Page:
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Cotton Picking in South Carolina with a
John Deere Model 630 Tractor
Brian Wayne Wells
(As published in the January/February 2008 issue of
Belt Pulley Magazine)
As noted in a previous article, Deere and Company had, ever since the late 1940s entertained great hopes that their cotton pickers would have the same overnight success that had greeted the introduction of the small combine and/or the introduction of the corn picker into the farm market. (See the article called “Cotton Picking on the Mississippi Delta” contained in the November/December 2007 issue of Belt Pulley magazine.)
When the small combine was made available to the North American farmer at the end of the Second World War, there had been a revolutionary change in which small grains were harvested. The small combine entirely replaced the stationary thresher in a period of a very few years. Similarly, the introduction of the corn picker had quickly replaced the hand picking of corn and the stationary corn shredder on North America farms.
To some degree, the expected revolutionary change did greet the introduction of the mechanical cotton picker. The cotton picker had swept the state of California by storm. Although, in 1949, only 12% of the cotton in California was harvested by machine, this figure mushroomed to 35% in 1950; then to 52% in 1952; to 60% in 1953 and up to 67% in 1956. Cotton growers in California recognized that mechanical picking of cotton cost only about $7.00 per acre, on average, as opposed an average of about $40.00 to have the same acre of cotton picked by hand. As noted in the above-cited article, however, California’s experience with the cotton picker was not repeating itself in the lower Mississippi River Valley. Statistics revealed that in 1957, while fully 67% of the cotton grown in California had been picked by machine, only 27% of the cotton of the lower Mississippi Valley was being harvested by machine.
Even more dramatically, cotton farmers in South Carolina appeared to be even more reluctant than the cotton planters of the lower Mississippi River valley to adopt the mechanical method of cotton harvesting. Only 2% of the cotton raised in South Carolina in 1952 had been picked by machine. This figure had risen to 8% in 1954. However, since that time, use of the mechanical cotton picker had actually declined—to 4% in 1955 and 1957. In last fall’s harvest, 1958, use of the cotton picker had fallen to only 1% of all the cotton grown in South Carolina. Even those cotton farmers in South Carolina that had employed a mechanical picker in the past, now appeared to be reverting, once more, to hand picking of cotton during the 1958 harvest.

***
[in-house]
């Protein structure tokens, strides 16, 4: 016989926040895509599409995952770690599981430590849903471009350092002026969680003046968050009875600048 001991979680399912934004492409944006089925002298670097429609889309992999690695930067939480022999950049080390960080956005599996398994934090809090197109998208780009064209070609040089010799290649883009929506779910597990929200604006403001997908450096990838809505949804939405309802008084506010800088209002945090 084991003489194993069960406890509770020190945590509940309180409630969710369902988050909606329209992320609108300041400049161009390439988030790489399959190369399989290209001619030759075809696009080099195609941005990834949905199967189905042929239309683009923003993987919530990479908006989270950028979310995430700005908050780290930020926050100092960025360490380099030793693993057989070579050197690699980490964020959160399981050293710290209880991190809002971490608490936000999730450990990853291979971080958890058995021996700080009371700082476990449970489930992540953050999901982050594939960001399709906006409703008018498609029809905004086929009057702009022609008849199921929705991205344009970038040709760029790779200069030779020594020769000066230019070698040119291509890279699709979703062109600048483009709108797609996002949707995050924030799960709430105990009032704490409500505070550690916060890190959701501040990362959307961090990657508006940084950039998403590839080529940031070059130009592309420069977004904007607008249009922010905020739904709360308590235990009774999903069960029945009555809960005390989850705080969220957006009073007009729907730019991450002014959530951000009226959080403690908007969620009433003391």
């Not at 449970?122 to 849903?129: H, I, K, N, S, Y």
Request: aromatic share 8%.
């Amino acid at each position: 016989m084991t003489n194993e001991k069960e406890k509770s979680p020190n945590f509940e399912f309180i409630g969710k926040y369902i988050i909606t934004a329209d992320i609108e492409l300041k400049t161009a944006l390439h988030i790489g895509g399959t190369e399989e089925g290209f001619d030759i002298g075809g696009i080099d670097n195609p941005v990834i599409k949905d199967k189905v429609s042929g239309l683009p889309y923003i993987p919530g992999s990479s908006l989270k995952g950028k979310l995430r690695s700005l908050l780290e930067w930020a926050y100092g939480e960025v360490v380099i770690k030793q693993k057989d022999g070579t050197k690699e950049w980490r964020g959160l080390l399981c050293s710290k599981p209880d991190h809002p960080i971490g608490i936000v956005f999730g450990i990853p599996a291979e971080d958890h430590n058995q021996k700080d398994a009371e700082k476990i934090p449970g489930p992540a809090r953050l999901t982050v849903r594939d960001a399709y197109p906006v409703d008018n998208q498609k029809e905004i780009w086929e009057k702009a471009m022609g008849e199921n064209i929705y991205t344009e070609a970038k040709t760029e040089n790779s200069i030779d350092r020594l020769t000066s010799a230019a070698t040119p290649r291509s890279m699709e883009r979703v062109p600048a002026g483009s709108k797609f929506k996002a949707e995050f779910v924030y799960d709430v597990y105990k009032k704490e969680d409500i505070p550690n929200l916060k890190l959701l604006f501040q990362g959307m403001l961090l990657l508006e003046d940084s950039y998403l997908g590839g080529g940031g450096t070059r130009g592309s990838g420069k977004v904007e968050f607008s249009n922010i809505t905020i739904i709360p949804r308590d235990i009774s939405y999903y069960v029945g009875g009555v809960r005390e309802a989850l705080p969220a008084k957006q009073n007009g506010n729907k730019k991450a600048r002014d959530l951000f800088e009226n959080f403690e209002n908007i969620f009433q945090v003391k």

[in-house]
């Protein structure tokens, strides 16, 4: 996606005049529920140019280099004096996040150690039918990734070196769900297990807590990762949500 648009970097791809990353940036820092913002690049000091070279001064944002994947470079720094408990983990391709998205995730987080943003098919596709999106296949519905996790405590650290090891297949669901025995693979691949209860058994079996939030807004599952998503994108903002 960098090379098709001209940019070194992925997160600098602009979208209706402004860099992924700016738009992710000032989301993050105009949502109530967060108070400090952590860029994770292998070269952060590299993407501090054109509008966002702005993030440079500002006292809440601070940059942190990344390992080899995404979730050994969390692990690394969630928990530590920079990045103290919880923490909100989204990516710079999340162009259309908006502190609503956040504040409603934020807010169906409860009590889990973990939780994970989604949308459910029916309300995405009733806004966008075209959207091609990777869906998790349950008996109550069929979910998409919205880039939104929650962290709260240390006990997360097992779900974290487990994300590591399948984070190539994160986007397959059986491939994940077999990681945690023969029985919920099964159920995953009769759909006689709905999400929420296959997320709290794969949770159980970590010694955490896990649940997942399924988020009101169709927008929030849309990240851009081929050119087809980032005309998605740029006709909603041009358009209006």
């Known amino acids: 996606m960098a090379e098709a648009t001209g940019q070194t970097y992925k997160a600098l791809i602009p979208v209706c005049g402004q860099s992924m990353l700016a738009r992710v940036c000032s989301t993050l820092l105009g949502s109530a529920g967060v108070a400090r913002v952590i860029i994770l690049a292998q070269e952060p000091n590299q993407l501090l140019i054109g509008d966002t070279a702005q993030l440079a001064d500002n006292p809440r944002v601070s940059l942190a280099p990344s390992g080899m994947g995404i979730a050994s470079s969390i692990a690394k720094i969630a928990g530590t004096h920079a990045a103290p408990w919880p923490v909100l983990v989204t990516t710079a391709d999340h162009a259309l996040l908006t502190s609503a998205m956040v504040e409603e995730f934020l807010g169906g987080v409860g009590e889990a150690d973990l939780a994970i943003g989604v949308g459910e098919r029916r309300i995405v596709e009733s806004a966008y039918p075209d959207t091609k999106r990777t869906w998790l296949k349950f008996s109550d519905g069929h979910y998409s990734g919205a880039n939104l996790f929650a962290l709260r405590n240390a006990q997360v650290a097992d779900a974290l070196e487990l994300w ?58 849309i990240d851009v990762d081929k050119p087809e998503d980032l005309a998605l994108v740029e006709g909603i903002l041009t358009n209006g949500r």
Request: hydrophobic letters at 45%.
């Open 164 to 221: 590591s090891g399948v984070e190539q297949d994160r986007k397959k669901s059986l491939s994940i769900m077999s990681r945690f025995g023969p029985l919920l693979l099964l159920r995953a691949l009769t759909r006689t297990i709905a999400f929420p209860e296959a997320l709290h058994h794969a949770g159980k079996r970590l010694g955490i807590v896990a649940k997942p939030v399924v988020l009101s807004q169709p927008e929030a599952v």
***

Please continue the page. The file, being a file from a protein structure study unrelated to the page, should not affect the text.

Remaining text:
Still, despite the slowness of sales of the cotton picker in South Carolina, Deere and Company remained hopeful that the change to cotton pickers would occur in South Carolina. Indeed, Deere and Company felt that 1959 might be the year when sales of mechanical cotton pickers “took off.” The Company rationalized that the decline in sales of cotton pickers in 1958 may well have been the result of the recession that had gripped the United States economy from August of 1957 until April of 1958. Thus, Deere and Company remained optimistic for the new year.
Cotton pickers continued to be produced in large numbers at the John Deere factory works in Moline, Illinois and the Company continued to send large numbers of the cotton pickers to their regional branch/warehouses in the south including the one located at 5147 Peachtree Street in the Atlanta suburb of Chamblee, Georgia. This branch/warehouse served the local dealerships in the southeastern United States including those in the state of Georgia and South Carolina.
The most popular cotton picker being offered by the John Deere Company was the Model 22. The Model 22 was a single row cotton picker that was designed to be mounted on a narrow front-end—“tricycle”—style “row-crop” tractor. The Model 22 cotton picker was only mounted on the tractor during harvest season. The cotton picker could be removed from the tractor at the end of the harvest season. Thus, the tractor would be free for other farm tasks throughout the rest of the growing season.